April 13, 2011
Nathan Hurst, firstname.lastname@example.org, 573-882-6217
COLUMBIA, Mo. – In the current economic climate, many groups are fighting for dwindling government-funded transportation dollars. In a new study presented to the U.S. Congress, the Rural Policy Research Institute (RUPRI), housed in the Truman School of Public Affairs at the University of Missouri, found that America’s rural areas, small towns, and small cities require greater local control and flexibility in choosing among transportation investment options to maintain strong economies and quality of life.
The report shows that a variety of transportation investments, including transit, van pools, walking and biking paths, and roads and highways, are critical to the economic development and well-being of smaller communities and rural areas. However, many states allocate transportation funding at a broad state level, which often leads to metropolitan regional projects receiving greater priority. Charles Fluharty, the president and CEO of RUPRI, says that funding priorities should be determined regionally in a collaborative setting so that all areas’ needs are more fully met.
“Transportation investments that are not driven by locally identified priorities, and that do not build collaborative approaches, will lessen the potential to achieve key outcomes, including the creation of vibrant communities,” Fluharty said. “Investments that are set at a broader regional level are more likely to diminish the overall rural economic development potential, and may lead to unintended negative consequences, such as a reduced ability to pay for existing transportation improvements and services.”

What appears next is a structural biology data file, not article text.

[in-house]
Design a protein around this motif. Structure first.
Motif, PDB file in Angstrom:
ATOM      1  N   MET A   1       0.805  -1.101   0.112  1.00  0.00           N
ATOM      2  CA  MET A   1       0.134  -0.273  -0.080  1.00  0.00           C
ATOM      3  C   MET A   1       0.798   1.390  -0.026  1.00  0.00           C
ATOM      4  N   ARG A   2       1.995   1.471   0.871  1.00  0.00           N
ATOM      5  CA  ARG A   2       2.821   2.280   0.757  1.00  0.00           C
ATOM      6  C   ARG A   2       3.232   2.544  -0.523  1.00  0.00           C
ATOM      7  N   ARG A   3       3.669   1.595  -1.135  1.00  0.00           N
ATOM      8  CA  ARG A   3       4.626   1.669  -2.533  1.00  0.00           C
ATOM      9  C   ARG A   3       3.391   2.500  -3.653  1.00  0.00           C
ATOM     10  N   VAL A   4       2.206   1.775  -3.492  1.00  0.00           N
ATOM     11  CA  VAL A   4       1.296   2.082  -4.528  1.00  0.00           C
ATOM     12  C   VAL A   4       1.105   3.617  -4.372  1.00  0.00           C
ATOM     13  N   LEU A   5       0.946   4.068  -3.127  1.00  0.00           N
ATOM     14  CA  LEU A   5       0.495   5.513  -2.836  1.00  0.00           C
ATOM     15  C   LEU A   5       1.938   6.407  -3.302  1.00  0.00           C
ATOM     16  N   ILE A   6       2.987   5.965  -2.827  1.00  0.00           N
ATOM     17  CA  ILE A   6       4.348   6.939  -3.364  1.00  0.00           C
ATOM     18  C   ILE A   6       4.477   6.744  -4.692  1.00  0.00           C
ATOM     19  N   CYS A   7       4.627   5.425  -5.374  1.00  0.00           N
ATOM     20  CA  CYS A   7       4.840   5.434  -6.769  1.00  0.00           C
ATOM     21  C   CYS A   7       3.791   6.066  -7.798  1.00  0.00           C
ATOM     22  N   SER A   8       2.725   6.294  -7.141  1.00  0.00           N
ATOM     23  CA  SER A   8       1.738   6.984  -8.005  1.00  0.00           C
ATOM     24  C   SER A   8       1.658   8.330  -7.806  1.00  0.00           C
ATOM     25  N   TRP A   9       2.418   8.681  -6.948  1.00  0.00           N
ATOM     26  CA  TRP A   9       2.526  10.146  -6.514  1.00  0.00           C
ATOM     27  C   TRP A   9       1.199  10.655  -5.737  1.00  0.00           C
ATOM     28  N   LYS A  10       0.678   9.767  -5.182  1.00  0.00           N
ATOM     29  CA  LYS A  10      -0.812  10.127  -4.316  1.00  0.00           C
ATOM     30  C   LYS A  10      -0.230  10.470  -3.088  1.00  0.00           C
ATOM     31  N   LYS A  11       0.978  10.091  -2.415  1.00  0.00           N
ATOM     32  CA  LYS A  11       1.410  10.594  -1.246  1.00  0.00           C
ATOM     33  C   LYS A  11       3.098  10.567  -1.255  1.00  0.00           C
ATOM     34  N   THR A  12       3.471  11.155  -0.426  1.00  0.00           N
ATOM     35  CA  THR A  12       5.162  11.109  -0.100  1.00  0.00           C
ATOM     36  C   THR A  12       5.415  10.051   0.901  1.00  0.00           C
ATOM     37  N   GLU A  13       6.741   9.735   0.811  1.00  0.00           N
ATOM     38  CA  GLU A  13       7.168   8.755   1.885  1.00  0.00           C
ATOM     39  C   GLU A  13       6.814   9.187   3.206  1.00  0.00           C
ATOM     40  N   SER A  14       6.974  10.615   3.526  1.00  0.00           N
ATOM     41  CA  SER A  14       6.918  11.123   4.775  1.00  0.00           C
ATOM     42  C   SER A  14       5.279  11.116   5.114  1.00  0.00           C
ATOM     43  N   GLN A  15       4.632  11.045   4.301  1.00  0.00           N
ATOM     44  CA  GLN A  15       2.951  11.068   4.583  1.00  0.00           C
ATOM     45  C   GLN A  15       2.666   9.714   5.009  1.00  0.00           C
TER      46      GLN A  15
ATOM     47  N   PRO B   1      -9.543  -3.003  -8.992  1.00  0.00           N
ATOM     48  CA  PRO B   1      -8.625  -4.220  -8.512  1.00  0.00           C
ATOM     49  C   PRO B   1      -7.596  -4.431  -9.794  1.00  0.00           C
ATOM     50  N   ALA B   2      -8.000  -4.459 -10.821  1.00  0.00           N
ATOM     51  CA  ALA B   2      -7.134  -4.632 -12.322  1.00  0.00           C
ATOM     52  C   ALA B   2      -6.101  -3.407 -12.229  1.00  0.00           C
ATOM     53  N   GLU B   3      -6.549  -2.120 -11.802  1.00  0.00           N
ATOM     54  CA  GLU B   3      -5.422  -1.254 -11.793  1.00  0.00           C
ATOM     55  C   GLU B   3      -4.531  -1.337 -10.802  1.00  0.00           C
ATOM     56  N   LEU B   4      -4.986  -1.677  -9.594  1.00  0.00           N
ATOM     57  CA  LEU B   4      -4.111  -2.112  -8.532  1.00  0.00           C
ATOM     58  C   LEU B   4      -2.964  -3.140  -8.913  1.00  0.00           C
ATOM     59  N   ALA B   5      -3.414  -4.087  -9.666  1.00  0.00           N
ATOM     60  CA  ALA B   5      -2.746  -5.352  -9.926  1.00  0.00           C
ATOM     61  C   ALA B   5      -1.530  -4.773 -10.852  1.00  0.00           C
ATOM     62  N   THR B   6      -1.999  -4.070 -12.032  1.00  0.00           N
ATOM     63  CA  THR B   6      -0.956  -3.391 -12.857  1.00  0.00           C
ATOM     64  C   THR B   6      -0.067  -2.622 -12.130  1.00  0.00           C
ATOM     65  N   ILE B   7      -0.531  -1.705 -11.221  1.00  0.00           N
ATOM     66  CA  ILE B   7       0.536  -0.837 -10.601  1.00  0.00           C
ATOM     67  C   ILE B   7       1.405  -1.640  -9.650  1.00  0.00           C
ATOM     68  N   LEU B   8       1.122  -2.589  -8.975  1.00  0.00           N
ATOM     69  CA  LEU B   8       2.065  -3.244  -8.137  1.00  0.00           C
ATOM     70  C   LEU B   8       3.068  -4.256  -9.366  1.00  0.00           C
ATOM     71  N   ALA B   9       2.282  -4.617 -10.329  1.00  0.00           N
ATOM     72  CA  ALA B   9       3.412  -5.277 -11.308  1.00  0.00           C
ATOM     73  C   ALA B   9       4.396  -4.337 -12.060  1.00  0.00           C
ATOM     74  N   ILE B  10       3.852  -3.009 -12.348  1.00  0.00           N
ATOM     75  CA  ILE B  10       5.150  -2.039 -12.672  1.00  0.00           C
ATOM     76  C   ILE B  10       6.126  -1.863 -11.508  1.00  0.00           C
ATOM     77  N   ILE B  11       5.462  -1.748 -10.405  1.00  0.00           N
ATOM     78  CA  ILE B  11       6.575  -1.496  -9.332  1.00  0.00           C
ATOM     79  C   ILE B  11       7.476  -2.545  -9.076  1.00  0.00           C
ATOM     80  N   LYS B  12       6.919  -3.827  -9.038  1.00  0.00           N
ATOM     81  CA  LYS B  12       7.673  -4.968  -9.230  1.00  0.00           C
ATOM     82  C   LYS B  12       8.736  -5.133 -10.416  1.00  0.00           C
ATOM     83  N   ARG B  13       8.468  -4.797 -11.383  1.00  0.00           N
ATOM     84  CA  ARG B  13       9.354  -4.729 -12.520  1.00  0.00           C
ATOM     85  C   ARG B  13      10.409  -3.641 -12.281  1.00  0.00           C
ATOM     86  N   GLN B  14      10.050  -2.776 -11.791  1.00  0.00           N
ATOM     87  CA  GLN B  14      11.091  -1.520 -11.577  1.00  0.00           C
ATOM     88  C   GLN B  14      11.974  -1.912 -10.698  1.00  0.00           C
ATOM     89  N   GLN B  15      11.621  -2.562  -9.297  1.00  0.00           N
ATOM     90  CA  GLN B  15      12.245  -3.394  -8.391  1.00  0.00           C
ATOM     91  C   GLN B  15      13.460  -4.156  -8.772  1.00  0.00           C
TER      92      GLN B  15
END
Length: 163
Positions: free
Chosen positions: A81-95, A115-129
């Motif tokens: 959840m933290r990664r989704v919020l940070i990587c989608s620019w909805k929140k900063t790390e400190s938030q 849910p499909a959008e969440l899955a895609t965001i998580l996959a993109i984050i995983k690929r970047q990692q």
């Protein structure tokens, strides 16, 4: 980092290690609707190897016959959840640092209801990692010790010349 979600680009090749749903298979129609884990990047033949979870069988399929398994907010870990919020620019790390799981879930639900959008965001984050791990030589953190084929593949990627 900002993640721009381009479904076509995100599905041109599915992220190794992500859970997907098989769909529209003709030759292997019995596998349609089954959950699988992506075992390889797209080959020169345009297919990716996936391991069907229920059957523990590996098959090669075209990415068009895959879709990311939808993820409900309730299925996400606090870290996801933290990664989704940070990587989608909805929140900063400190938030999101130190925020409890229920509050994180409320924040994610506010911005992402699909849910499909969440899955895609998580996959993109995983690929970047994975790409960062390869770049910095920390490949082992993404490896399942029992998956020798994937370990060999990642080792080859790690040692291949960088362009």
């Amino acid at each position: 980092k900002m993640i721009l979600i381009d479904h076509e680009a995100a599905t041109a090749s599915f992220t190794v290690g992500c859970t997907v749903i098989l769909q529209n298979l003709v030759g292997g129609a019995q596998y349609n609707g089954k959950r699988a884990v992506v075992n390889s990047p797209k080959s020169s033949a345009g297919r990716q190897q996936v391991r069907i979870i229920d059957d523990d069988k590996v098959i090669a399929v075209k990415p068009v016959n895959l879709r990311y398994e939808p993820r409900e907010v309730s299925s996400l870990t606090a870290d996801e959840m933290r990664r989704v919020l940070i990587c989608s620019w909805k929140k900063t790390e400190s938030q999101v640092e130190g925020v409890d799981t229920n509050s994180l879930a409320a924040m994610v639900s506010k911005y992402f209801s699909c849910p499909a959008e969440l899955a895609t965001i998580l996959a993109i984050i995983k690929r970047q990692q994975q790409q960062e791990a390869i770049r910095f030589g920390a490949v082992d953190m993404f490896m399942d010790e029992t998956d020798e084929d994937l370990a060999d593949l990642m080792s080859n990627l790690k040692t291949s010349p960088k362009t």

The study reports on an in-depth literature review and offers policy recommendations as Congress considers reauthorizing the federal surface transportation bill. RUPRI’s recommendations include:
- Supporting local engagement in planning, decision-making and resource allocation.
- Encouraging innovation and integration for effective rural transportation outcomes.
- Shifting resources to address the most pressing rural needs and opportunities as are locally defined.
- Creating integrated regional transportation, economic development, and land-use planning and implementation.
- Supporting greater attention to rural “place-making,” through quality of life investments that offer amenities that attract people to work and live in small cities and towns.
“Transportation investments are critical to the future of America’s small towns and cities and the rural regions surrounding them,” Fluharty said. “With public resources growing scarcer, federal policy must now give these regions the same latitude to set their own priorities and build collaborative and innovative approaches to achieve them from which our nation’s metropolitan regions have long benefited.”
Formed in 1990 at the request of members of the Senate Agriculture Committee with foundational support from Iowa State University, University of Nebraska and the University of Missouri, RUPRI is now an institution of international significance with a nationwide presence. RUPRI’s mission is to provide objective analysis and facilitate public dialogue on the rural impacts of public policies and programs.